When I wake, there is movement in my room. My sister. Nate’s father. My mother. They are fussing and cooing. “Did you wash your hands,” I ask. Their assurances come with laughter and mock disdain. I am not amused. Neither is Nate, because he starts to fuss and cry. It’s an odd cry. It’s not the least bit annoying, yet I have a powerful, desperate urge to make it stop. My mother hands Nate to me and says, “I think he is hungry.” I have no idea what to do, but my hands and arms are moving Nate toward my breast as though I am possessed of something or someone. He tries to latch on, but his little mouth just won’t cooperate with him. I am terrified of smothering him. His wailing increases, and mine begins in earnest as well.
A nurse appears to offer assistance. She grabs Nate like a running back heading for the end zone. This makes me cry harder. The nurse presses Nate’s poor, red, wet face into my bosom. He remain angry and unsated. We change positions, holds, angles – nothing works. I feel the deepest sense of failure, but I am told not to despair, because he isn’t really hungry; he’s just looking to fulfill a sucking instinct. I don’t believe her, because I know she is speaking memorized words. She doesn’t feel them.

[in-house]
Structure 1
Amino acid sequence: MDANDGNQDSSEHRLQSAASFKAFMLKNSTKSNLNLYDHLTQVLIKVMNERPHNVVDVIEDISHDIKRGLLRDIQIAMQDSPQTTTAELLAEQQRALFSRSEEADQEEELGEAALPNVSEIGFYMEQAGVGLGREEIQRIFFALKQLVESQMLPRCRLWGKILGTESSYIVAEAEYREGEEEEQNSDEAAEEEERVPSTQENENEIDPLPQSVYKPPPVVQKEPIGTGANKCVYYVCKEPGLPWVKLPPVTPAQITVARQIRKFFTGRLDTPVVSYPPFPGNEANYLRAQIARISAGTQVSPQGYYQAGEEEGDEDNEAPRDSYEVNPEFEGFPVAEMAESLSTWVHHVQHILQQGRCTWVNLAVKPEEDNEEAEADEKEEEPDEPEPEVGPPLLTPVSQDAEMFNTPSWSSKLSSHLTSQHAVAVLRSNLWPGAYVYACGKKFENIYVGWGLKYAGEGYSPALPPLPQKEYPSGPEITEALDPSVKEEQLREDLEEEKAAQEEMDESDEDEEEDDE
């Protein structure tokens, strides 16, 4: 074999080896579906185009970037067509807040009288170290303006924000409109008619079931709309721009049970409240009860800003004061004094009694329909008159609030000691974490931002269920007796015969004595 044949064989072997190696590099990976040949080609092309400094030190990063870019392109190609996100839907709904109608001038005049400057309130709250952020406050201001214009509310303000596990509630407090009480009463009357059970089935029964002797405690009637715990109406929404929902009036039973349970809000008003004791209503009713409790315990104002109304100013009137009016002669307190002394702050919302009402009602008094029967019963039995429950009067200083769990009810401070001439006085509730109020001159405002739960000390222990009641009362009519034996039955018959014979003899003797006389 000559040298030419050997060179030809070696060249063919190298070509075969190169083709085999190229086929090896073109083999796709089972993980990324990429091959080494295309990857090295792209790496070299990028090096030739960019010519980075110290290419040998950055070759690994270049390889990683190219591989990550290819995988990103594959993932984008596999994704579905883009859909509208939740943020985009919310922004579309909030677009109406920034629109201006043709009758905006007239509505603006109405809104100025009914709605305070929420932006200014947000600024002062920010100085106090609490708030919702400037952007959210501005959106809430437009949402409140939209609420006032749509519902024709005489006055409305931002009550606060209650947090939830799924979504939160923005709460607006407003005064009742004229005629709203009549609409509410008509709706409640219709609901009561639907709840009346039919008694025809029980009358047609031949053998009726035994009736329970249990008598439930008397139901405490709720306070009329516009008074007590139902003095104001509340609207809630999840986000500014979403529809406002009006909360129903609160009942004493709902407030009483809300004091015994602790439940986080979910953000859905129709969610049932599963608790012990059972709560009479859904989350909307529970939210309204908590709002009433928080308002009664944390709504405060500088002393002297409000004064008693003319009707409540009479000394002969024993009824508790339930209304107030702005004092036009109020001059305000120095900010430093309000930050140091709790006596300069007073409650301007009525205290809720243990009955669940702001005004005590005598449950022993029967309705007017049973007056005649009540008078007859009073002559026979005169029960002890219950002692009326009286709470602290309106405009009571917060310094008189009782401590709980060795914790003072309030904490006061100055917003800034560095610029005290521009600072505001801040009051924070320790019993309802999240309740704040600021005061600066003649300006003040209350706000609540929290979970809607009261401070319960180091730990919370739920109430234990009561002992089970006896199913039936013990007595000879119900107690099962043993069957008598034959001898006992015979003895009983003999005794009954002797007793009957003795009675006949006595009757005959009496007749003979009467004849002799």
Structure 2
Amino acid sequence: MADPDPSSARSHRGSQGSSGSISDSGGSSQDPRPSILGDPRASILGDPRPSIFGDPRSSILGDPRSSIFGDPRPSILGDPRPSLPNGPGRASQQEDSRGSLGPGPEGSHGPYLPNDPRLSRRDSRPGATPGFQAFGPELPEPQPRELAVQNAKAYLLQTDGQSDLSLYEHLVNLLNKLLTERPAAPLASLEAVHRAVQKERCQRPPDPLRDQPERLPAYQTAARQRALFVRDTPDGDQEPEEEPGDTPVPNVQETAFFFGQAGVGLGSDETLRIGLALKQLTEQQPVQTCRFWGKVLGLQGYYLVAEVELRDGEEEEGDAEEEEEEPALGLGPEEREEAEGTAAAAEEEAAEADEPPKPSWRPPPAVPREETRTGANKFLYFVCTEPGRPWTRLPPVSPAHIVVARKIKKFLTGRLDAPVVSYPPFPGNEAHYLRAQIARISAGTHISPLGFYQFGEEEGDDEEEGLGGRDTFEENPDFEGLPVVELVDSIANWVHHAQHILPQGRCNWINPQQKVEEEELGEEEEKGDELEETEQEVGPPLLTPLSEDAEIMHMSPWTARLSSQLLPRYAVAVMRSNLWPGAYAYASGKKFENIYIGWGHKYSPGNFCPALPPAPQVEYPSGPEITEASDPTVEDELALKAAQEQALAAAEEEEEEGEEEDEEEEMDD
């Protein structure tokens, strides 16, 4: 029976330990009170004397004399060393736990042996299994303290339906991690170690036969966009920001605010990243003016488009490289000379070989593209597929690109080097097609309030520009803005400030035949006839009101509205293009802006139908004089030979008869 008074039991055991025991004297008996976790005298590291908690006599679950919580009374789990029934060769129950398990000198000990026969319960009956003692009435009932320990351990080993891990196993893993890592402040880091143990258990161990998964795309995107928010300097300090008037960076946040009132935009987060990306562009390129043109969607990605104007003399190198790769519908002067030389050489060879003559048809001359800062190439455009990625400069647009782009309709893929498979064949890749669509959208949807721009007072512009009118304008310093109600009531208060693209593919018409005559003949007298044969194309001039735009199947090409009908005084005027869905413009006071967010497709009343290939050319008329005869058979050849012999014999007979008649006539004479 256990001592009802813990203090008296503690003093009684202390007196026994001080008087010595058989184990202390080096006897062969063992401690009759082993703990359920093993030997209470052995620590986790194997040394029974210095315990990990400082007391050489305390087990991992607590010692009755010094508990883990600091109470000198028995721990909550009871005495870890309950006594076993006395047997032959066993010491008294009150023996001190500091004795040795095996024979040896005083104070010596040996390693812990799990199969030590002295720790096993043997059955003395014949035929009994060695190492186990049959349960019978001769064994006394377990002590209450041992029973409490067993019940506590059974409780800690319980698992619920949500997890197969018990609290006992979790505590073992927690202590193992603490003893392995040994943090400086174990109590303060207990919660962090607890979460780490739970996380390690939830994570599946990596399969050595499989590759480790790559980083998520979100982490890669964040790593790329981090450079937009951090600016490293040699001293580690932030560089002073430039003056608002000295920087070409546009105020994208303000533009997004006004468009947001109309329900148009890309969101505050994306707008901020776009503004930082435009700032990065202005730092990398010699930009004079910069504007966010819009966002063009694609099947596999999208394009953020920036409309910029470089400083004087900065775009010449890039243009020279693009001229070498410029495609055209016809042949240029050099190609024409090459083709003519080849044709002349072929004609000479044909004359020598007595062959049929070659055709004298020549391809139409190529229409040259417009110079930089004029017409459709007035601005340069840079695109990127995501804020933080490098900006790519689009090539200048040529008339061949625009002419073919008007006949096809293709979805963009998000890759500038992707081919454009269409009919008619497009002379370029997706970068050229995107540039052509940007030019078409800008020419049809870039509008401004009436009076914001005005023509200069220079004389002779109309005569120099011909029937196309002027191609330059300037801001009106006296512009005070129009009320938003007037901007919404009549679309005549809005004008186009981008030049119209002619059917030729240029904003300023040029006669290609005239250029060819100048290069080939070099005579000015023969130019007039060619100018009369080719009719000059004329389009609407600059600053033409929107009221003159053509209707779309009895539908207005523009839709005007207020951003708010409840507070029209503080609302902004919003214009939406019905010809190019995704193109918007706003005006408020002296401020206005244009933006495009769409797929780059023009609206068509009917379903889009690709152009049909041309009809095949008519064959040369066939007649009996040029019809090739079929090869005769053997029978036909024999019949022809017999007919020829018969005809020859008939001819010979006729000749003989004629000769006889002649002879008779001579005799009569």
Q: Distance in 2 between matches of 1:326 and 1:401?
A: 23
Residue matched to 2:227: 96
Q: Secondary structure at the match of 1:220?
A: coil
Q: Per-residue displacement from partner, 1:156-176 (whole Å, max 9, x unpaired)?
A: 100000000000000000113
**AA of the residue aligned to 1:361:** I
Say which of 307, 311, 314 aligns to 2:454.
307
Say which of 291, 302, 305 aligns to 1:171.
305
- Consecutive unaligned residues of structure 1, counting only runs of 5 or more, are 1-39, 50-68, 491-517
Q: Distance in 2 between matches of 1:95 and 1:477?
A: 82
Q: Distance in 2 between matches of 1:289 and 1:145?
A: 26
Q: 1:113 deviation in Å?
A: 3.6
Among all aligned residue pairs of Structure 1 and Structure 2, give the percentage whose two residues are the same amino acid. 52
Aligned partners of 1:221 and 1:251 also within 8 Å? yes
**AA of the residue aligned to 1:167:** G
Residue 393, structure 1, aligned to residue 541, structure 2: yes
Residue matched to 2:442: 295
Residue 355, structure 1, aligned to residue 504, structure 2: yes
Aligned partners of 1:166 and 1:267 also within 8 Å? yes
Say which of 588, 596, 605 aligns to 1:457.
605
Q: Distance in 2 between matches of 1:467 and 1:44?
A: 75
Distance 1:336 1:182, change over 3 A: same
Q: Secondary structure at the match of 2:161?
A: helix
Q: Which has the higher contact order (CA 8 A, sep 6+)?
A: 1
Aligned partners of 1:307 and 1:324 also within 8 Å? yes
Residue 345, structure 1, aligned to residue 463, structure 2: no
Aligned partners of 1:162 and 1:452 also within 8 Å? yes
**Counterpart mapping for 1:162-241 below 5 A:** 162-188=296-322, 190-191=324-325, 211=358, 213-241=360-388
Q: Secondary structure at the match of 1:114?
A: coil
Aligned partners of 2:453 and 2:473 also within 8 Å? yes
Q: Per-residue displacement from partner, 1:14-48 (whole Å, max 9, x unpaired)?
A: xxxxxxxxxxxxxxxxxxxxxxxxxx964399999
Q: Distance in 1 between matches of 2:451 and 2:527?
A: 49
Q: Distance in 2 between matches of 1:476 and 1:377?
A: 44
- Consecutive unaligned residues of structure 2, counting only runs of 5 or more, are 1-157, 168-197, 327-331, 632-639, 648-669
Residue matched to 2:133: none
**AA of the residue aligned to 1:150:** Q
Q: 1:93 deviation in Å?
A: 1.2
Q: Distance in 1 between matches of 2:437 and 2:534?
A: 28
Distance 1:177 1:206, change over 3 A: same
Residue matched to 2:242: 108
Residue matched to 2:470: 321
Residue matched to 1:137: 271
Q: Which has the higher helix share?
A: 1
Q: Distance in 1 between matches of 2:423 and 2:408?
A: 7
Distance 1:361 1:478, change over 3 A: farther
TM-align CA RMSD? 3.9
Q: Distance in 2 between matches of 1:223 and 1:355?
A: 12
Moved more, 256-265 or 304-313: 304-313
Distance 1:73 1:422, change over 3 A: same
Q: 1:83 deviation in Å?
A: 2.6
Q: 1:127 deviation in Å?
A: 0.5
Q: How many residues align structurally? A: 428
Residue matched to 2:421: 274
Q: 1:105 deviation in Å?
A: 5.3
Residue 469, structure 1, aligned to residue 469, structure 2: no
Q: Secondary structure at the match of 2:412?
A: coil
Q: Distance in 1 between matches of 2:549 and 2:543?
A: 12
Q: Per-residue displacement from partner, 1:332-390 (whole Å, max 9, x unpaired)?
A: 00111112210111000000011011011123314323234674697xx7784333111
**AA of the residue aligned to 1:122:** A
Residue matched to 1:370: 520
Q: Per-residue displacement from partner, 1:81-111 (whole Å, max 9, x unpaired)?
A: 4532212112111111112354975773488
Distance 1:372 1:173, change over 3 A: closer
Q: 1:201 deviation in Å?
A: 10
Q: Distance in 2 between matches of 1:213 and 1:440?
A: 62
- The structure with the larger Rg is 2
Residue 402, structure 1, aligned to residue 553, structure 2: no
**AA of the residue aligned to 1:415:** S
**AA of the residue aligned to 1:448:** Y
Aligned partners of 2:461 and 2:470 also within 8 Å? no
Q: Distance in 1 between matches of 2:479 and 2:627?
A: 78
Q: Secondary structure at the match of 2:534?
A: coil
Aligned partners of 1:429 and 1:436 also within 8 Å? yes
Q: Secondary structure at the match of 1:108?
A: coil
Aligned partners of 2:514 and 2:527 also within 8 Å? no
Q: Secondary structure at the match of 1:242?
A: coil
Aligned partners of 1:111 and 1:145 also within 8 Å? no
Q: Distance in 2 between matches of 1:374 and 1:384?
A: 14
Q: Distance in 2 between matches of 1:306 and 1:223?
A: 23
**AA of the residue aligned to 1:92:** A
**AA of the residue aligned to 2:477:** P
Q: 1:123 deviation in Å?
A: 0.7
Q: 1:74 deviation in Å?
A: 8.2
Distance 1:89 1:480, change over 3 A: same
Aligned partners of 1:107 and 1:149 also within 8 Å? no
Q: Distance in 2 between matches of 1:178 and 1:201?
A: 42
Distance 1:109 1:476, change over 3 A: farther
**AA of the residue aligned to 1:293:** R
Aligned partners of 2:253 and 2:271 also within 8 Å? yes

Nate and I go on this way until about 4:30 a.m. I beg the nurse to bring him a bottle of formula. She takes pity on me, on Nate or on us both and brings a four-ounce bottle. She tells me he won’t drink more than a few cc’s of the fluid. “That’s fine,” I tell her, not a little dismissively. I wave her out of the room. Then, I nestle Nate into my lap and bring the bottle to his lips. He latches his mouth onto it with a vice-like grip and begins sucking down the fluid with a singular focus. About two ounces in, he turns his head to me and our eyes meet. The only light in the room is coming from the television, and it casts a halo-like aura around Nate’s little body. The tears instantly stream down my face. I am not crying. There is no squinting or sobbing. But water is pouring from my tear ducts in a silent shower of gratitude. My heart feels though it may swell right through my rib cage. The words in the books – the paragraphs and pages and chapters I read about maternal bonding – all worthless and woefully inept. There are not words that describe that feeling. There are not words that prepare you. It is love and sorrow; it is courage and fear; it is the beginning and ending. It is the sum of all contradictions. It is beautiful, singular and endless.